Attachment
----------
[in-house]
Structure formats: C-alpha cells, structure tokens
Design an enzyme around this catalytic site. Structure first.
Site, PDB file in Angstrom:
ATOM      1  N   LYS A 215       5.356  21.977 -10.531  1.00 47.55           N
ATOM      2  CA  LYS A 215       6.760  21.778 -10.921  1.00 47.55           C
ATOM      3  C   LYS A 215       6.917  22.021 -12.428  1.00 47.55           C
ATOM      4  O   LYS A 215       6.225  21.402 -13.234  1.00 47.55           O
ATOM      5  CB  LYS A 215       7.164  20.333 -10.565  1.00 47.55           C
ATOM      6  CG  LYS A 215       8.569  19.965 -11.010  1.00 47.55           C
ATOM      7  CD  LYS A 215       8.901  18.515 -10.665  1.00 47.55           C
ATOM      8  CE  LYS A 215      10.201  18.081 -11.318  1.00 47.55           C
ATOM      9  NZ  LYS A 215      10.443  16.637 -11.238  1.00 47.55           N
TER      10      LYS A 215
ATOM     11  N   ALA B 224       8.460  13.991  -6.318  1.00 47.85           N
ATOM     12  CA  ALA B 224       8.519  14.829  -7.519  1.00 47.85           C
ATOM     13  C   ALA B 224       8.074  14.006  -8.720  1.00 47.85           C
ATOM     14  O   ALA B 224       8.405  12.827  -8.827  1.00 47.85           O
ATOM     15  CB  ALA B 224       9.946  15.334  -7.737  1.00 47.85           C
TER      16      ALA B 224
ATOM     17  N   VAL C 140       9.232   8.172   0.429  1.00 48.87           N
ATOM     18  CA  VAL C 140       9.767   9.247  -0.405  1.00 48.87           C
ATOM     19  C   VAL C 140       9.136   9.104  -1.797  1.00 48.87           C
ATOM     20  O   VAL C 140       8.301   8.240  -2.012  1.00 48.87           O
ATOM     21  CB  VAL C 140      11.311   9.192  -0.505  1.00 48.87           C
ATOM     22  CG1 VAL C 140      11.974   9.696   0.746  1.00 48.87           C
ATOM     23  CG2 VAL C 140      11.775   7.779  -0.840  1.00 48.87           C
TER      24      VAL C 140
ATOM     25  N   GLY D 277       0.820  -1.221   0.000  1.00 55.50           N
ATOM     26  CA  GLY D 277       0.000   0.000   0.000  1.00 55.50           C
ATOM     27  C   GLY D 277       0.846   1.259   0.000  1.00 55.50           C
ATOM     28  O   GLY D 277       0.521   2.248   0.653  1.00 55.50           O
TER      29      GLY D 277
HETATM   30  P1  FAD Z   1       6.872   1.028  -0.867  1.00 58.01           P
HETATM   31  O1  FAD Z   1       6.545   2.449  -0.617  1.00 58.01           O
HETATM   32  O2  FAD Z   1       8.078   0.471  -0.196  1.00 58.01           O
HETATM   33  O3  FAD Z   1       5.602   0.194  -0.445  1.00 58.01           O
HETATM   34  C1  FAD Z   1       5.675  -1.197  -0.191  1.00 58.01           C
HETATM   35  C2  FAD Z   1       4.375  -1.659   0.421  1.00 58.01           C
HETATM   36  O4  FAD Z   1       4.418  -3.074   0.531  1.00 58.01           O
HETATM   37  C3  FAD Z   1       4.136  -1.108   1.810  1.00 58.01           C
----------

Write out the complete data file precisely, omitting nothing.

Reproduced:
[in-house]
Structure formats: C-alpha cells, structure tokens
Design an enzyme around this catalytic site. Structure first.
Site, PDB file in Angstrom:
ATOM      1  N   LYS A 215       5.356  21.977 -10.531  1.00 47.55           N
ATOM      2  CA  LYS A 215       6.760  21.778 -10.921  1.00 47.55           C
ATOM      3  C   LYS A 215       6.917  22.021 -12.428  1.00 47.55           C
ATOM      4  O   LYS A 215       6.225  21.402 -13.234  1.00 47.55           O
ATOM      5  CB  LYS A 215       7.164  20.333 -10.565  1.00 47.55           C
ATOM      6  CG  LYS A 215       8.569  19.965 -11.010  1.00 47.55           C
ATOM      7  CD  LYS A 215       8.901  18.515 -10.665  1.00 47.55           C
ATOM      8  CE  LYS A 215      10.201  18.081 -11.318  1.00 47.55           C
ATOM      9  NZ  LYS A 215      10.443  16.637 -11.238  1.00 47.55           N
TER      10      LYS A 215
ATOM     11  N   ALA B 224       8.460  13.991  -6.318  1.00 47.85           N
ATOM     12  CA  ALA B 224       8.519  14.829  -7.519  1.00 47.85           C
ATOM     13  C   ALA B 224       8.074  14.006  -8.720  1.00 47.85           C
ATOM     14  O   ALA B 224       8.405  12.827  -8.827  1.00 47.85           O
ATOM     15  CB  ALA B 224       9.946  15.334  -7.737  1.00 47.85           C
TER      16      ALA B 224
ATOM     17  N   VAL C 140       9.232   8.172   0.429  1.00 48.87           N
ATOM     18  CA  VAL C 140       9.767   9.247  -0.405  1.00 48.87           C
ATOM     19  C   VAL C 140       9.136   9.104  -1.797  1.00 48.87           C
ATOM     20  O   VAL C 140       8.301   8.240  -2.012  1.00 48.87           O
ATOM     21  CB  VAL C 140      11.311   9.192  -0.505  1.00 48.87           C
ATOM     22  CG1 VAL C 140      11.974   9.696   0.746  1.00 48.87           C
ATOM     23  CG2 VAL C 140      11.775   7.779  -0.840  1.00 48.87           C
TER      24      VAL C 140
ATOM     25  N   GLY D 277       0.820  -1.221   0.000  1.00 55.50           N
ATOM     26  CA  GLY D 277       0.000   0.000   0.000  1.00 55.50           C
ATOM     27  C   GLY D 277       0.846   1.259   0.000  1.00 55.50           C
ATOM     28  O   GLY D 277       0.521   2.248   0.653  1.00 55.50           O
TER      29      GLY D 277
HETATM   30  P1  FAD Z   1       6.872   1.028  -0.867  1.00 58.01           P
HETATM   31  O1  FAD Z   1       6.545   2.449  -0.617  1.00 58.01           O
HETATM   32  O2  FAD Z   1       8.078   0.471  -0.196  1.00 58.01           O
HETATM   33  O3  FAD Z   1       5.602   0.194  -0.445  1.00 58.01           O
HETATM   34  C1  FAD Z   1       5.675  -1.197  -0.191  1.00 58.01           C
HETATM   35  C2  FAD Z   1       4.375  -1.659   0.421  1.00 58.01           C
HETATM   36  O4  FAD Z   1       4.418  -3.074   0.531  1.00 58.01           O
HETATM   37  C3  FAD Z   1       4.136  -1.108   1.810  1.00 58.01           C